After OW: “The trust is gone”
When global bunkering giant OW Bunker collapsed and two other bunkering companies went down shortly thereafter, it created big questions that the industry continues to grapple with: who has the right to demand payment for bunkers supplied to ships, and how can we protect ourselves if another company goes under?
These events have undermined trust between buyers and sellers of bunker fuel and haven’t done much good for the bunker industry, according to some of the biggest global players speaking at a Platts bunker conference in Rotterdam in late May.
The collapse of OW Bunker coincided with falling oil prices, increased competition, weaker margins, an uncertain regulatory landscape and increased financial exposure to create “a perfect storm” in the bunker industry, Jan Christensen, Global Head of Bunker Operations, Bomin Group told the conference.
After OW Bunker, Belgian bunker supplier Wiljo and then global bunker trading firm Bunkers International collapsed in quick succession. This inevitably makes you ask “who’s next?” as there is now widespread insecurity about the ”durability” of bunker supply companies, Henrik Zederkof, CEO of global bunker supplier and trader Dan-Bunkering said in his presentation.
Combined with the situation where many shipowners have been facing double or even triple claims for bunker payments in the aftermath of the OW and Bunkers International bankruptcies, the industry has been shaken to its core and people wonder who they can rely on to avoid this risk. “The trust is gone,” Zederkof told the conference.
The Res Cogitans ruling in the UK, which said shipowners had to pay OW or its assignee ING Bank, without protecting them from also facing suppliers’ claims, has created insecurities.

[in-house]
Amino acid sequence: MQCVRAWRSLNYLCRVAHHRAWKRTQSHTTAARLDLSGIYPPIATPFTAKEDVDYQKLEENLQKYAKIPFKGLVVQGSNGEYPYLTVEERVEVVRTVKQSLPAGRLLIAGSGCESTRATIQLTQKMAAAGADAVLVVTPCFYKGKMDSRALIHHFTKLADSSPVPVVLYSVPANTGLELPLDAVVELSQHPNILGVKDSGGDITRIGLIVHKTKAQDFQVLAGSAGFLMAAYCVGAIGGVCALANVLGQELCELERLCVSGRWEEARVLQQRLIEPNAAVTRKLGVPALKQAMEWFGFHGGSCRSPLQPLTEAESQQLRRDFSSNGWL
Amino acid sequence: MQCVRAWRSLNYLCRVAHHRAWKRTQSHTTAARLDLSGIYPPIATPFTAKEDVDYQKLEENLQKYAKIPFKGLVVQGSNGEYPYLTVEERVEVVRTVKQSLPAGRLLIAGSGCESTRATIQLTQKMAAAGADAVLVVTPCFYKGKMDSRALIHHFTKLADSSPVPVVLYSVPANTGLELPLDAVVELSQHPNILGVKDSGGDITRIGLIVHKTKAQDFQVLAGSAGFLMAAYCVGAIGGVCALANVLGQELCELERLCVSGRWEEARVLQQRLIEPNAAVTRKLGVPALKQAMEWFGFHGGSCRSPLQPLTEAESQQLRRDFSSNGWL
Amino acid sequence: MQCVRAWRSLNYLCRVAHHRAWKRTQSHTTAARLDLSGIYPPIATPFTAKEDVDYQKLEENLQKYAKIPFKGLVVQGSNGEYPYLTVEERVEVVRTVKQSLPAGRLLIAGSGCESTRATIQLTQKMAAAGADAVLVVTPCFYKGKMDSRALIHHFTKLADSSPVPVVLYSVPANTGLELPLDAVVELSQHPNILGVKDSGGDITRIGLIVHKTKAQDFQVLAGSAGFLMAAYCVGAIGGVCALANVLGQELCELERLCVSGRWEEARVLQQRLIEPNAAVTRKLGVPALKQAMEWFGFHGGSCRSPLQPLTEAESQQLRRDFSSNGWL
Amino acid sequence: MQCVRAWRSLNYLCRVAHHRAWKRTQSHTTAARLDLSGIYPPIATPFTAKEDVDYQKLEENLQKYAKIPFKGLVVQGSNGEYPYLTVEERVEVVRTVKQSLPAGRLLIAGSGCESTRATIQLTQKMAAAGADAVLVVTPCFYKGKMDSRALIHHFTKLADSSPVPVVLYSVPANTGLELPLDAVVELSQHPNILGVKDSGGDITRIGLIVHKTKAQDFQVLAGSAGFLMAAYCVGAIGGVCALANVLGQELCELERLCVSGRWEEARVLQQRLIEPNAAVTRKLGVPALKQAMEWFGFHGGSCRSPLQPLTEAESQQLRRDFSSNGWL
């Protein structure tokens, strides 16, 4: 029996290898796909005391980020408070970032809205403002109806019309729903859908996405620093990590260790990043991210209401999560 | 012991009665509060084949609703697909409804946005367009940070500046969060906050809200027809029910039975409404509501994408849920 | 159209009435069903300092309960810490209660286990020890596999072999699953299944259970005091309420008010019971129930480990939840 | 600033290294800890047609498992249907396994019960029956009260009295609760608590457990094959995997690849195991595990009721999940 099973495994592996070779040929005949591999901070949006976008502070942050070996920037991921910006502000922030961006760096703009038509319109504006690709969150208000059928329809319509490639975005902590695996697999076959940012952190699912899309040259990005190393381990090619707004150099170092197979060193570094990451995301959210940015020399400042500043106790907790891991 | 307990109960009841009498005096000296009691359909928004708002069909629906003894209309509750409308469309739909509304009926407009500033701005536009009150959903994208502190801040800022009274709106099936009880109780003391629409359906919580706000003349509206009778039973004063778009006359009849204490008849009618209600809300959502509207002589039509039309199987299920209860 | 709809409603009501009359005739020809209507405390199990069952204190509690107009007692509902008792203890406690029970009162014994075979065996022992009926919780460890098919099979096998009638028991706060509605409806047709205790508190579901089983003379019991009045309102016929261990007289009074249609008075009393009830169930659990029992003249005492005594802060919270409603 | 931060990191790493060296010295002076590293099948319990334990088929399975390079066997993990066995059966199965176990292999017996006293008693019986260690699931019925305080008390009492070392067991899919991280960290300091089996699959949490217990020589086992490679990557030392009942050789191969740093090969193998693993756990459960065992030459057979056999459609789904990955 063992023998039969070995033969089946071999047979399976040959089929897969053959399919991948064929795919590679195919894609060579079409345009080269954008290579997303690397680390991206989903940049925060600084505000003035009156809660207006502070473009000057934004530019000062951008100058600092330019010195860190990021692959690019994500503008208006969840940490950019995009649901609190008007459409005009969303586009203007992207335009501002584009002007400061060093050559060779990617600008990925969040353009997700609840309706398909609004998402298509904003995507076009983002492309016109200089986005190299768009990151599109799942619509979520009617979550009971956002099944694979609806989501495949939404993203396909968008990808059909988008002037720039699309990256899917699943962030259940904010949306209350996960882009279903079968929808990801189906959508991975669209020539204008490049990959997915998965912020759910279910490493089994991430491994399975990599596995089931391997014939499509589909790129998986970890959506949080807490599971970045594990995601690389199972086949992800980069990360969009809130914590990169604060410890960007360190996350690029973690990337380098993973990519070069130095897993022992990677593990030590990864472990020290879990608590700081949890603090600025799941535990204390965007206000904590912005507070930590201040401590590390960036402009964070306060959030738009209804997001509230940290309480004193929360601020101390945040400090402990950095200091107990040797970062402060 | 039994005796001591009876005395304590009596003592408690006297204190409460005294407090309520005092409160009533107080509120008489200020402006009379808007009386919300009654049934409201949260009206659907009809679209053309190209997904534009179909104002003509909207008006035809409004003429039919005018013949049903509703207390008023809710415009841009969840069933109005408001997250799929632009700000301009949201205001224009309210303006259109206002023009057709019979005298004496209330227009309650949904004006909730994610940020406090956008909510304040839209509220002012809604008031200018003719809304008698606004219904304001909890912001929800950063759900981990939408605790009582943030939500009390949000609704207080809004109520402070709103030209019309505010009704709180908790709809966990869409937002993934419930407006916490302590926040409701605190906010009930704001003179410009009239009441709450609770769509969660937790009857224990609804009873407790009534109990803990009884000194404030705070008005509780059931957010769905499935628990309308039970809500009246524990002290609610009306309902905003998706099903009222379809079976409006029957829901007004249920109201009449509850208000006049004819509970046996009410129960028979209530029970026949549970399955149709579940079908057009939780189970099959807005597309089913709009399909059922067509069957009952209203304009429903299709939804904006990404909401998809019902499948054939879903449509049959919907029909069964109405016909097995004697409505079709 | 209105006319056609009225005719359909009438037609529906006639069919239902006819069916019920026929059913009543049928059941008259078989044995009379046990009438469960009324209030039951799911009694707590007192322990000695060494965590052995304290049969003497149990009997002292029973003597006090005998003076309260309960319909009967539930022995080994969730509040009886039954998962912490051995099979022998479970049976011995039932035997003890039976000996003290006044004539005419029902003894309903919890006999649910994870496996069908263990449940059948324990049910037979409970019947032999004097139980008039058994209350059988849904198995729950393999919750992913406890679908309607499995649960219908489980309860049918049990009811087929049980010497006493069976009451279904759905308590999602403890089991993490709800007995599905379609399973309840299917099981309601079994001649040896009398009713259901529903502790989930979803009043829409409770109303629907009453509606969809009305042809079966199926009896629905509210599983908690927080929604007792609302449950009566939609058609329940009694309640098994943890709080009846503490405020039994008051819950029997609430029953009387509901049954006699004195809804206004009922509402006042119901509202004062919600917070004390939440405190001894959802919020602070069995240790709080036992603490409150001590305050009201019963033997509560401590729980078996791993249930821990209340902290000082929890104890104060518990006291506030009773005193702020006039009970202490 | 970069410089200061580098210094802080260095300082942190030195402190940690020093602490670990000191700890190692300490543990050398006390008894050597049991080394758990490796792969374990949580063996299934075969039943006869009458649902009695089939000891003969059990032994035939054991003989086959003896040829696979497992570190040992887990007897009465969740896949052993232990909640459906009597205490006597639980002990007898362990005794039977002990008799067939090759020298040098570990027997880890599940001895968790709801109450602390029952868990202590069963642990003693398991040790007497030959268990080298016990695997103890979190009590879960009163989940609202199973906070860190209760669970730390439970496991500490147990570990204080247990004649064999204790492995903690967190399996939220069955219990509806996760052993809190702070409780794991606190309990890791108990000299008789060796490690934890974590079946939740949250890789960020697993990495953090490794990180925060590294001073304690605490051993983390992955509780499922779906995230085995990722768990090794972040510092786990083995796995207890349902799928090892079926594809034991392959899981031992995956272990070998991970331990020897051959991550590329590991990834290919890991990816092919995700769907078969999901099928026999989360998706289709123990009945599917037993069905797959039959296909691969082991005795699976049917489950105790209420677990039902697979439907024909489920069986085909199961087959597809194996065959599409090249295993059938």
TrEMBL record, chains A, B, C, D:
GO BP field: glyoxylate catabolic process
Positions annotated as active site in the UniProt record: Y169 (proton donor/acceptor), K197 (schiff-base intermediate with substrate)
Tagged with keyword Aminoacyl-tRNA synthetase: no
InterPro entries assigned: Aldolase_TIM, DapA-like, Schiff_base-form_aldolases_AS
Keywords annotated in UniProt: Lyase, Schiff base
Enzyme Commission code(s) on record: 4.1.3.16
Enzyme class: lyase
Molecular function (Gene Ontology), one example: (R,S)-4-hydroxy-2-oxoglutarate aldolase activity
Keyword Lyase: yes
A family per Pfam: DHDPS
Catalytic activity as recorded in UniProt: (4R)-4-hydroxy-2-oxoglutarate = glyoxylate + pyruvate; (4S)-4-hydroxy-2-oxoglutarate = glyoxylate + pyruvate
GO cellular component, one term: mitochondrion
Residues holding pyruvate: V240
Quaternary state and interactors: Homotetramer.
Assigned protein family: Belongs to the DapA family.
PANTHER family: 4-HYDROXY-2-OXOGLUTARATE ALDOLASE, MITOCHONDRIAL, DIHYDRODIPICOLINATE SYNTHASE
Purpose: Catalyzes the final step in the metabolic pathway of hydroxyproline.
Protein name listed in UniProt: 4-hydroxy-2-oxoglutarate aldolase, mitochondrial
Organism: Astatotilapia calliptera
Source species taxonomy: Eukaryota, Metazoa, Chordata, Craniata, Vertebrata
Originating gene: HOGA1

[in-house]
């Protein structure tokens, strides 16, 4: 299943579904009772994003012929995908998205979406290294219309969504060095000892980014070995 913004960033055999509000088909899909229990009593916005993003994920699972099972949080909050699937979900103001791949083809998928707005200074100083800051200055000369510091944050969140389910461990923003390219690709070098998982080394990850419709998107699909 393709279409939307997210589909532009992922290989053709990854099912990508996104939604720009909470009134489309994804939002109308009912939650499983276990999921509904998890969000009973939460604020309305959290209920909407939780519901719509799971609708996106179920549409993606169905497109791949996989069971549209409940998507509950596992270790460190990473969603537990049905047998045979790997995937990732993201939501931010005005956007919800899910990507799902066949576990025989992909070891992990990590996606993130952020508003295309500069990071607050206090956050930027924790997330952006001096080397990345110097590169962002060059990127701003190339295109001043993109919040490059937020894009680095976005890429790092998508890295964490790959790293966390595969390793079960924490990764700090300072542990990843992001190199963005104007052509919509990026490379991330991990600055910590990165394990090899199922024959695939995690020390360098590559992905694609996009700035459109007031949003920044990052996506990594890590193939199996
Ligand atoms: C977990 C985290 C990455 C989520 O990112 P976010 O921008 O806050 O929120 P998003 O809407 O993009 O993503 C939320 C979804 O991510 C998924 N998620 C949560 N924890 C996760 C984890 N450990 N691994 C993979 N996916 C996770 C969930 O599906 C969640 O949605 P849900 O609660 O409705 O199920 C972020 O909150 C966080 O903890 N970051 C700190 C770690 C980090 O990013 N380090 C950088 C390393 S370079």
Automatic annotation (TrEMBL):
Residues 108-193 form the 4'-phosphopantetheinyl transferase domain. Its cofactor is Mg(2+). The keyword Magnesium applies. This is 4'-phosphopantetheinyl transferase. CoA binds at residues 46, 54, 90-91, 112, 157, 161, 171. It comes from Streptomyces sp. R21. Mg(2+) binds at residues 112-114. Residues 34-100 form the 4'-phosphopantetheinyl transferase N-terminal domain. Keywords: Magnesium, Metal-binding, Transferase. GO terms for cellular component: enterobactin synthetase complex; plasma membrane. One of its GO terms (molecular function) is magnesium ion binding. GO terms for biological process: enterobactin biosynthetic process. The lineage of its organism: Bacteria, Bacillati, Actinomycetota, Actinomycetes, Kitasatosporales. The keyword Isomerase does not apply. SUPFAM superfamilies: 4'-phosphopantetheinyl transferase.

Christensen said the ship owner response has been to try to reduce counterparty risk, often by by-passing intermediaries to deal directly with the physical supplier. It has put heavier demands on all parties to build relationships and a good reputation.
Zederkof said it has raised questions about the suppliers’ business model, in particular with regards to how they are financing their credit lines. But he pointed out that bunker traders are providing an indispensable service to ship owners by granting credit, despite being in a very small margin business with great risks. Shipping would struggle if suppliers started asking for cash in advance.
The Res Cogitans ruling is of great interest to lawyers but of limited commercial interest, and has been given far too much media attention, according to a panel of legal experts at the Platts conference. They said the concept of maritime lien is not contractual but rather something that arises as a matter of law, and how that law is applied varies between countries. The many suppliers that have attempted to secure their outstanding payments for deliveries made on behalf of OW Bunker by linking their claim to a maritime lien, mostly unsuccessfully, to can certainly attest to that.
By Unni Einemo